FM442 Half Unit
Quantitative Methods in Finance and Risk Analysis
This information is for the 2013/14 session.
Dr Philippe Mueller OLD M2.16
This course is available on the MSc in Accounting and Finance, MSc in Applicable Mathematics, MSc in Finance and Economics, MSc in Finance and Economics (Research), MSc in Financial Mathematics, MSc in Management and Regulation of Risk, MSc in Risk and Finance and MSc in Risk and Stochastics. This course is not available as an outside option.
A background in statistics and mathematics is required. No prior programming experience is necessary but students without programming experience are highly encouraged to concurrently take FM457 MATLAB for MSc Students.
This is a graduate level course on the quantitative and statistical tools that are important in applied finance. It studies financial markets and market risk from a quantitative point of view, focusing on understanding the relationship between risk and return and on models for managing financial risks. The course brings together three essential fields: finance, statistics and computer programming. Students will be exposed to application of these tools and the key properties of financial data through a set of computer-based classes and exercises. The following topics will be covered; review of statistics and introduction to time series econometrics; modeling financial returns; an introduction to the analysis of financial data using MATLAB; volatility models; risk measures and coherence; Value-at-Risk and Expected Shortfall.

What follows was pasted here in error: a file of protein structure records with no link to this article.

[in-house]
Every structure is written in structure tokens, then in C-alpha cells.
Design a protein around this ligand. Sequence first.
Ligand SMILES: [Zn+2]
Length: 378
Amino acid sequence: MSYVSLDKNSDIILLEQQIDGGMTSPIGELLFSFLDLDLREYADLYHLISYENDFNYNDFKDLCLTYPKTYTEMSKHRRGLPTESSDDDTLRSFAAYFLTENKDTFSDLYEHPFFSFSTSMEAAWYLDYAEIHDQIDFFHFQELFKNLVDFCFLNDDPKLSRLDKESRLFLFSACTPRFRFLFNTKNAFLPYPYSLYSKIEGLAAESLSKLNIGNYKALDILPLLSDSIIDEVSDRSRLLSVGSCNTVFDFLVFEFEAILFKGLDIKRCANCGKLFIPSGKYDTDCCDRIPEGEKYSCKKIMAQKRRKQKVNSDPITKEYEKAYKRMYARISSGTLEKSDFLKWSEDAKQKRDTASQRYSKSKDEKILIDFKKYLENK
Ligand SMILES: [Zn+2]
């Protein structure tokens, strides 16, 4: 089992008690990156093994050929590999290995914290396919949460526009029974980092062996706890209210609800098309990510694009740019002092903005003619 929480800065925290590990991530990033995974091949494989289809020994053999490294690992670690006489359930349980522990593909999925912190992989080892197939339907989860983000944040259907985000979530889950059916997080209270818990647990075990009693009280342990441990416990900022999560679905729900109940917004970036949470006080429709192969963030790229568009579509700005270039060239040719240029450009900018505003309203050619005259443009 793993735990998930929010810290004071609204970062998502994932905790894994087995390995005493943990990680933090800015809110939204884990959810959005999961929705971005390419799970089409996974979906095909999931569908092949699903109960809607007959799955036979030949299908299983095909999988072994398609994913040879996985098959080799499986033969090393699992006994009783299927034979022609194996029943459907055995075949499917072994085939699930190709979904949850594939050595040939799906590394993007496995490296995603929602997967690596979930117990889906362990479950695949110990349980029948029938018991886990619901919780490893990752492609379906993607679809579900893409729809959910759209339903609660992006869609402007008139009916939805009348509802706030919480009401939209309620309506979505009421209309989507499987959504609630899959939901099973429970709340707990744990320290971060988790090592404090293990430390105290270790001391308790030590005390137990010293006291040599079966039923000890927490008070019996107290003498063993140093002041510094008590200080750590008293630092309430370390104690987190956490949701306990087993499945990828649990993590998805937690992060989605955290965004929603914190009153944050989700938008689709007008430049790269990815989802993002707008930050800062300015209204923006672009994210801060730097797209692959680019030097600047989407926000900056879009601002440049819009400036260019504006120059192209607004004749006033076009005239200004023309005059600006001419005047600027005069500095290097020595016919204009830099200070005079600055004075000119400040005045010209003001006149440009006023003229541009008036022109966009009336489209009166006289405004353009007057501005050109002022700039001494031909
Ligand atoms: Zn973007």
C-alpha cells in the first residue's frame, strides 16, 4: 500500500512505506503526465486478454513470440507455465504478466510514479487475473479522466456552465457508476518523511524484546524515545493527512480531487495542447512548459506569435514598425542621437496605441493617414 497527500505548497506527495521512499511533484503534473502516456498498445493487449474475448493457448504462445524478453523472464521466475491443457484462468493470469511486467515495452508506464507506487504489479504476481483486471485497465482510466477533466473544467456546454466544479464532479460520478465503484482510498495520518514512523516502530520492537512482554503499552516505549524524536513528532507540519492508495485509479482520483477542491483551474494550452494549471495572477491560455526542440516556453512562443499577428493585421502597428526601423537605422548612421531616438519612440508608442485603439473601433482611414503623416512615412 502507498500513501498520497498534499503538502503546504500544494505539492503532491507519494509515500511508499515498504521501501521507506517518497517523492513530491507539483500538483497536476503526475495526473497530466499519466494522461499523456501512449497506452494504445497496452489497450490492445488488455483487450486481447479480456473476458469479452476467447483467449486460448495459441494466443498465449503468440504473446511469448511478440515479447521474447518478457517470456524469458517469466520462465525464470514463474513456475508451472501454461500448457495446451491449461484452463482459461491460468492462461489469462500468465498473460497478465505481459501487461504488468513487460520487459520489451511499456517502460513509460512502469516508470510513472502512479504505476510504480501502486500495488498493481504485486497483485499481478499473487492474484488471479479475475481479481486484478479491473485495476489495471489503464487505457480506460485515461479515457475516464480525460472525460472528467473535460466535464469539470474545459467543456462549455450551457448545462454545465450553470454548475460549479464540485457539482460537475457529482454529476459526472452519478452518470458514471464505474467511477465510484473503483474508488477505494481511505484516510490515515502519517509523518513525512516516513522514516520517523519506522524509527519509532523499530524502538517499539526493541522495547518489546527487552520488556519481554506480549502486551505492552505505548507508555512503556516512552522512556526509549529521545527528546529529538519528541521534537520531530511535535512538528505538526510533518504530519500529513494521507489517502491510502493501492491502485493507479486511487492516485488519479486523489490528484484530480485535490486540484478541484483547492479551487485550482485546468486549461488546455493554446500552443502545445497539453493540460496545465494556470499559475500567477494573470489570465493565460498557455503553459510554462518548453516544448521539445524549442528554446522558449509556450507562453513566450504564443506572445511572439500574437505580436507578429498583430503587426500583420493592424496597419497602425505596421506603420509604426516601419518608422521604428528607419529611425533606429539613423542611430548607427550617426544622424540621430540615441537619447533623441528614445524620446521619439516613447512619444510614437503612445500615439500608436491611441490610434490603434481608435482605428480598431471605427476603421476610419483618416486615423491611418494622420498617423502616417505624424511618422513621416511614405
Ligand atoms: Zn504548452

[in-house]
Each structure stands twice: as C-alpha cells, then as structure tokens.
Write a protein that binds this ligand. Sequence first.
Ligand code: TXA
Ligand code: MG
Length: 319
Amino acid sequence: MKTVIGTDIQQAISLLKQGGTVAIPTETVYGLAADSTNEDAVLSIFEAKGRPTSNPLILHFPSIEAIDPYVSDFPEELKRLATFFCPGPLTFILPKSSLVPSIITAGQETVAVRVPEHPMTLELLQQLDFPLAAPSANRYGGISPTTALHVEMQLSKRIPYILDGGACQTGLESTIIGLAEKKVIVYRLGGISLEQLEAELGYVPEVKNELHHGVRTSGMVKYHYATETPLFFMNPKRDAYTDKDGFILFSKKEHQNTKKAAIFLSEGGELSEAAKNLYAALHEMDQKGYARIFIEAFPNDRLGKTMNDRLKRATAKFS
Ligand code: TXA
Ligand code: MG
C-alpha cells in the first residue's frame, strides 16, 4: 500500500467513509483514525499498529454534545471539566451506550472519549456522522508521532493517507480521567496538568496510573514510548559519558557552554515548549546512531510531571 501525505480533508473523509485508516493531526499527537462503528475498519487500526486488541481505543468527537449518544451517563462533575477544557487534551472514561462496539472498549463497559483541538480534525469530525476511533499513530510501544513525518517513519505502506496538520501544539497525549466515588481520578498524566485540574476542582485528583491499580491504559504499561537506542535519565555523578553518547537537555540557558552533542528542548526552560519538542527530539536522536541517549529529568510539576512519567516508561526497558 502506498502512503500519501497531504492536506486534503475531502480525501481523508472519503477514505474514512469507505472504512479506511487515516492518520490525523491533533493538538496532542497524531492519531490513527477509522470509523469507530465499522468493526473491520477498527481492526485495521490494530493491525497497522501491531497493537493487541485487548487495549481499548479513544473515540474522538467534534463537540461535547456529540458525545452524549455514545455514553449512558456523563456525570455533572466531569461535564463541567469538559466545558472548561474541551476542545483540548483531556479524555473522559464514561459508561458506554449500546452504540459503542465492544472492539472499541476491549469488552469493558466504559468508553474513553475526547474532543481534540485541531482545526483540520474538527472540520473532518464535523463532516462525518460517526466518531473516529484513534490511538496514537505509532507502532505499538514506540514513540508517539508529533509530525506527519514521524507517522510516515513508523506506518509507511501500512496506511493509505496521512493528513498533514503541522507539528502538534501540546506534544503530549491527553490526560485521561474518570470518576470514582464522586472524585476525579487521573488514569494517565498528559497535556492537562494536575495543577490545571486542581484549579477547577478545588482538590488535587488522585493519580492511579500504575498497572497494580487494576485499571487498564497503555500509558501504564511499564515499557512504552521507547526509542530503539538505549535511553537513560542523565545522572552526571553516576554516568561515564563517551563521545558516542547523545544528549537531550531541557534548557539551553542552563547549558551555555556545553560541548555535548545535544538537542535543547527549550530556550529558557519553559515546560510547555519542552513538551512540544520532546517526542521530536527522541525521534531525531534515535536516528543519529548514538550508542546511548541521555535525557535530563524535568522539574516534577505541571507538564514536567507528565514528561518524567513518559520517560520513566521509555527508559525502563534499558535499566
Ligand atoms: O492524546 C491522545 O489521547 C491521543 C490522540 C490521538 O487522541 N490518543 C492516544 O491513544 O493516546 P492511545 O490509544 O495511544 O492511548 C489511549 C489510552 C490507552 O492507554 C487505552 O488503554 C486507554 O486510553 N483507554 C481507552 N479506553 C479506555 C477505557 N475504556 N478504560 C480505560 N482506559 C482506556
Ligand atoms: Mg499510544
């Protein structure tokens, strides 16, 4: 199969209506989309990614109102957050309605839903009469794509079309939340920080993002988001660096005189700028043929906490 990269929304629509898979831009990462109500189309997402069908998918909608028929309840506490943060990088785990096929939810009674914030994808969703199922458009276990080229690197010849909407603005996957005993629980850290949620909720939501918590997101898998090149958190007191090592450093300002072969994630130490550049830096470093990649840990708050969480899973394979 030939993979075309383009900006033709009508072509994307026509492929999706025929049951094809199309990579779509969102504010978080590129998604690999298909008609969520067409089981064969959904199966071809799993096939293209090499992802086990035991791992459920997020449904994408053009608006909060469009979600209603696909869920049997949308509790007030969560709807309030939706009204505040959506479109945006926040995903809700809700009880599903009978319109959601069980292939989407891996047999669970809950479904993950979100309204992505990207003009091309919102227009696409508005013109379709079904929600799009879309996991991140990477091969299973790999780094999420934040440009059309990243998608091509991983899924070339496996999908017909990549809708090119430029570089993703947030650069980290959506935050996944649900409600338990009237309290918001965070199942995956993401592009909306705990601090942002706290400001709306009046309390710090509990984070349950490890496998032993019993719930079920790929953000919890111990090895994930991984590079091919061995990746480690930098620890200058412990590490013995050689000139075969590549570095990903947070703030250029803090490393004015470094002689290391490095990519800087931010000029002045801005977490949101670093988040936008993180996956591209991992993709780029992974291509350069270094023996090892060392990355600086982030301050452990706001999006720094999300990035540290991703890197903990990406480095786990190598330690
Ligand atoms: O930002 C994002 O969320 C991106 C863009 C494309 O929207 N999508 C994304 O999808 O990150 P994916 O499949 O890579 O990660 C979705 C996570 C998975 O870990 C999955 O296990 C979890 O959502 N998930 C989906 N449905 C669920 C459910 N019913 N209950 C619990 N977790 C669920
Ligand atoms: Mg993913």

Implementing the models and tools in MATLAB is an essential part of the course and consequently, all classes are computer based. With regards to empirical work the students will learn how to deal with very practical problems such as locating financial data and processing the data to be able to analyze it in the first place. Through the computer-based exercises the students will become comfortable working with real data and they will be able to build their own toolbox of routines that can also be used outside the course.
20 hours of lectures and 10 hours of seminars in the MT.
Problem sets to be solved using MATLAB. In addition, students will have the opportunity to present the results of a problem set to the class.
The core text for this course is:
Jon Danielsson, Financial Risk Forecasting, John Wiley & Sons, 2011.
Extra readings will be assigned for selected topics.
Exam (75%, duration: 1 hour and 30 minutes) in the main exam period.
Project (20%, 2000 words) and presentation (5%) in the MT.
Total students 2012/13: 23
Average class size 2012/13: 13
Value: Half Unit
Personal development skills
- Problem solving
- Application of information skills
- Application of numeracy skills
- Commercial awareness
- Specialist skills